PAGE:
People directly affected by the law are more likely to give it higher marks than those not affected. Certainly, some people were negatively affected by Obamacare. Insurance is all about pooling money and resources together, like in auto or home owners insurance. Not everybody comes-out as a winner, which is why I advocated for a public option. We were still beholden to private insurance companies, and a public option would’ve provided customers with more affordable choices. Obamacare also failed to regulate meaningful price controls to help further save people, and America, more money.

However, the overall goal of getting more people insured–and ending the free loading by millions of Americans who refused to get insurance–is happening. Over 10-million people are now insured, and that’s a success story.

If you recall, the basic premise of Obamacare germinated from conservative think tanks in the 1990′s. Mitt Romney championed this approach because the Individual Mandate forced people to get off their duffs and by insurance. Unlike the liberal approach that calls for single-payer government-run health insurance, conservatives countered with the Individual Mandate: Citizens were responsible for getting insurance.

Then, Obama picked up the RomneyCare mantle, and everything changed.

pat@wsgw.com

And Now…The Rest Of The Story

Solar

Do you remember Solyndra, and how its failure served as a political punching bag for those who hate using government funding to develop a green economy? Remember how the California solar company became the poster child of wasteful governmental spending in renewable energy projects? Remember the constant derision? Remember how Solyndra became a one-word Obama administration scandal like “Benghazi?”

I do.

Yes, Solyndra did fail.

Yet, the rest of the program will actually end up making money.

The U.S. government expects to earn $5 billion to $6 billion from the renewable-energy loan program that funded flops including Solyndra LLC, supporting President Barack Obama’s decision to back low-carbon technologies.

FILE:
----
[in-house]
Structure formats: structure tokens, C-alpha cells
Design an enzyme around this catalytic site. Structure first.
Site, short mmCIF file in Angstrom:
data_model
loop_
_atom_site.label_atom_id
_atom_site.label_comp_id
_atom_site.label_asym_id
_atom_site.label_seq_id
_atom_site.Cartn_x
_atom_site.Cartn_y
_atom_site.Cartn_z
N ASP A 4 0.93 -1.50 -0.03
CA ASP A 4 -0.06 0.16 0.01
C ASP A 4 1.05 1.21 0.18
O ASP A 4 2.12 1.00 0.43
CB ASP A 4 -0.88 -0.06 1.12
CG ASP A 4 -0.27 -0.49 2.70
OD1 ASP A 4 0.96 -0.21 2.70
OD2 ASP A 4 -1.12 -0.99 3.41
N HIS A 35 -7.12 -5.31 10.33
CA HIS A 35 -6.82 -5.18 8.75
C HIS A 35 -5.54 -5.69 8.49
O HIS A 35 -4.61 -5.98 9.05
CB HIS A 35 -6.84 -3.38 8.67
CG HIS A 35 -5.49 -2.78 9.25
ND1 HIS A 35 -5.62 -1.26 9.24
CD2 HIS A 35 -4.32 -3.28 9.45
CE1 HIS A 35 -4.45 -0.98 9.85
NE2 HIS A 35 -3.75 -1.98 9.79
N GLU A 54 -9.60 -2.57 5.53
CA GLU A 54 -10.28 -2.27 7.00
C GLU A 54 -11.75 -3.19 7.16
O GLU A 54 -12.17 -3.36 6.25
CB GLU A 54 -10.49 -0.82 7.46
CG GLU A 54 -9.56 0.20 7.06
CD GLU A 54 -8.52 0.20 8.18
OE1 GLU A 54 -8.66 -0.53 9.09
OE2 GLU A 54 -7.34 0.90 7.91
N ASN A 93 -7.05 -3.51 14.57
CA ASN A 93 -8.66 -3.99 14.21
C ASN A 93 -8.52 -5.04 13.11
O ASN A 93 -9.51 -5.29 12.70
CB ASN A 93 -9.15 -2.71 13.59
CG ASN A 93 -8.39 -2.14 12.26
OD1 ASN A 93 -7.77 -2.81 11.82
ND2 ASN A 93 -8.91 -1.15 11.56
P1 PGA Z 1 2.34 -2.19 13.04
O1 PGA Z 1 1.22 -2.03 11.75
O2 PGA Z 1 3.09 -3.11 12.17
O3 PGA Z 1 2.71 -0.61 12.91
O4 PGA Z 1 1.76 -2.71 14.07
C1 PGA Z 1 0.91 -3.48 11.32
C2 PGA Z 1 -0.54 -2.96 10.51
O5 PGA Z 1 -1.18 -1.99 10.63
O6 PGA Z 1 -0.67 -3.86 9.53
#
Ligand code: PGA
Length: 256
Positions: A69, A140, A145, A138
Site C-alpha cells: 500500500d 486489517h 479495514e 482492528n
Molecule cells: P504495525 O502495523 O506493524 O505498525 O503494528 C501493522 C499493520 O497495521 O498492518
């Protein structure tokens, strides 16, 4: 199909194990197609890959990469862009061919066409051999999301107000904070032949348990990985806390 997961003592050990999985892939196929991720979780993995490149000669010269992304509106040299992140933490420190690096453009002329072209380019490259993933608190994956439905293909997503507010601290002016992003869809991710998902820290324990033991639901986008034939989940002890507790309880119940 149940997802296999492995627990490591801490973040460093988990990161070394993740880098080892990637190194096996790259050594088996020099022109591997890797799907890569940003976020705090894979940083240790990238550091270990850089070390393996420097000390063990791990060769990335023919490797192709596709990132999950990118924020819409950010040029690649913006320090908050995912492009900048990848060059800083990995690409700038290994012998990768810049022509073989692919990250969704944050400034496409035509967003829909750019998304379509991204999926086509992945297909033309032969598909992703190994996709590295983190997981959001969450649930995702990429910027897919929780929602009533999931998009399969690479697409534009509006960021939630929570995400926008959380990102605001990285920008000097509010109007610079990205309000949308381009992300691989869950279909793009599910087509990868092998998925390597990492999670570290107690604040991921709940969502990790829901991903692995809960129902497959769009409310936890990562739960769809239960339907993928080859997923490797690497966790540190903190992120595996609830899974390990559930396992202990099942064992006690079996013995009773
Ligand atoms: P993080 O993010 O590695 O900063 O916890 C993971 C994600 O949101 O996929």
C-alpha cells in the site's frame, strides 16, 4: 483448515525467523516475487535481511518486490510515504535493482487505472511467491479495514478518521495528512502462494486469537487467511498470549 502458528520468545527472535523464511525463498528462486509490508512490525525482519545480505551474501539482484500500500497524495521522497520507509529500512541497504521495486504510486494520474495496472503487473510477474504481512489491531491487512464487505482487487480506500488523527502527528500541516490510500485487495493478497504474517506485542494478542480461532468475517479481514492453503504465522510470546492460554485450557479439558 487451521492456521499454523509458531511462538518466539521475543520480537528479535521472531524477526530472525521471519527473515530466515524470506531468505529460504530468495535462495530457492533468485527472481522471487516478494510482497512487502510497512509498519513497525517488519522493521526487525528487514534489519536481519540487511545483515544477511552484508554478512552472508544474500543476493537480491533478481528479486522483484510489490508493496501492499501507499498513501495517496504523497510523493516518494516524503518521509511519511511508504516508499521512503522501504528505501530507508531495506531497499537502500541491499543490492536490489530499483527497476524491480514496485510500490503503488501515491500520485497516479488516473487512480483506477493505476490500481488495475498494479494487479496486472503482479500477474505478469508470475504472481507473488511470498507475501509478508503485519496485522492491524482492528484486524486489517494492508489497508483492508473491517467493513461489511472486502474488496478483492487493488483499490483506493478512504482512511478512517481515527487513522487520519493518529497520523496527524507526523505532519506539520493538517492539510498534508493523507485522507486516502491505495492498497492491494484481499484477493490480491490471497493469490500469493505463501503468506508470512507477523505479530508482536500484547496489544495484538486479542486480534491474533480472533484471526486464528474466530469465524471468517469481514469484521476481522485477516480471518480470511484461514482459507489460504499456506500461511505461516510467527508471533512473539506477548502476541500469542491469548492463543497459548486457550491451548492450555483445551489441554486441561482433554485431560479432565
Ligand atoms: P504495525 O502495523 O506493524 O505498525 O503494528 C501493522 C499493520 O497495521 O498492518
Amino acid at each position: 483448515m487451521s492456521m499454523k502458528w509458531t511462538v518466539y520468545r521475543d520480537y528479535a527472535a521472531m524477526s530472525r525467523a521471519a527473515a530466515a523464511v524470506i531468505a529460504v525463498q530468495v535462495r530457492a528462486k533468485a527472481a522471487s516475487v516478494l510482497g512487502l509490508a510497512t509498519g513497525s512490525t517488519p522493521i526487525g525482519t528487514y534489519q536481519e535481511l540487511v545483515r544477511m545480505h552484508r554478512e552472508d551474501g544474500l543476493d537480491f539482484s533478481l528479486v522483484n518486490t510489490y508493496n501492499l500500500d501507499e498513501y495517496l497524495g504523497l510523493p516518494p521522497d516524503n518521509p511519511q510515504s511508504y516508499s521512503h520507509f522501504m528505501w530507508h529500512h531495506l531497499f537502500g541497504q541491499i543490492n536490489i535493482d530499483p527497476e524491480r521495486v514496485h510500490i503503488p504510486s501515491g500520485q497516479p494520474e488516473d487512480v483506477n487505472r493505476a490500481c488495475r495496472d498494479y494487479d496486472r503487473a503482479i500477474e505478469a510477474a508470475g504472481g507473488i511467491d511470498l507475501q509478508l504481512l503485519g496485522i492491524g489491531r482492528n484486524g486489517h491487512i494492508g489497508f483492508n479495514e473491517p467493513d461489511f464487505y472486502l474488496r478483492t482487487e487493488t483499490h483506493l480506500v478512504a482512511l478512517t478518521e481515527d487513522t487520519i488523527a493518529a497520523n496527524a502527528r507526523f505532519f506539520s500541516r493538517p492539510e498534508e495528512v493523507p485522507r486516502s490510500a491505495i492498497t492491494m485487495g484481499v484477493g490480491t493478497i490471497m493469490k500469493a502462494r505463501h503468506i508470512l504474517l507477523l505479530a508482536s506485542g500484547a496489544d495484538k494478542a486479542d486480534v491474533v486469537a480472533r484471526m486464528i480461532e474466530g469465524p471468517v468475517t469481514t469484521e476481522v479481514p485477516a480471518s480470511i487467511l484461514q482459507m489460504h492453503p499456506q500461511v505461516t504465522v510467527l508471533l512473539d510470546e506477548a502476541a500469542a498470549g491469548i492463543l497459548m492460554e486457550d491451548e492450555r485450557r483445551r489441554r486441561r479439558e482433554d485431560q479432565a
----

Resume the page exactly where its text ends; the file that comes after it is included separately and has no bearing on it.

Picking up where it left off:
The Department of Energy has disbursed about half of $32.4 billion allocated to spur innovation, and the expected return will be detailed in a report due to be released as soon as tomorrow, according to an official who helped put together the data.

The results contradict the widely held view that the U.S. has wasted taxpayer money funding failures including Solyndra, which closed its doors in 2011 after receiving $528 million in government backing. That adds to Obama’s credibility as he seeks to make climate change a bigger priority after announcing a historic emissions deal with China.

When attempting to develop new technologies, some companies fail. That’s what happened to Solyndra. Overall though, the loan and grant program to develop green energy technology in the country has been a success.

Let’s also recall that similar to the auto industry, private capital was sparse to assist green energy projects. The government was there to fill the void.

There are many criticisms one can legitimately levy at President Obama. This is not one of them.

I will wait for the countless news stories explaining how the loan program has worked wonderfully.

UPDATE : I just ran across this story by Tim Mullaney about that DOE report, and how the government will net $4 billion from the program. Tesla, Ford, SolarCity, and countless other companies have benefited greatly due to government funding. The American people have benefited to with 8,000 jobs created, which is a good thing despite whatever Republican Congresswoman Marsha Blackburn says.

Mullaney sums it all up:

Markets understand this even if Washington can’t. Stimulus-backed stocks handily beat the market early in the recovery. Tesla shares worth $7.53 when it got DOE financing are at $254, for a $32 billion market capitalization. In that light, the $139 million loss on direct rival Fisker looks like policymakers spread prudent risks in search of big rewards. The $5 billion value of rooftop solar-system installer SolarCity SCTY, -0.95%  dwarfs Solyndra’s loss, too.

Better, the technologies these programs financed promise a cleaner, cheaper future. Greens’ dream would be ever-more electric cars, replacing gasoline with juice produced in low-carbon or no-carbon plants using solar, wind, nuclear and natural gas. All those technologies, besides gas, are closer because they got public credit when private markets spat out the bit.

pat@wsgw.com

I’m Alive

Took a weekend trip to Pennsylvania last weekend, and when I returned to WSGW, I had a lot of catch-up work to do. That’s why blogging has been absent for the past week.

I’m back and ready to post again.

Let the world rejoice!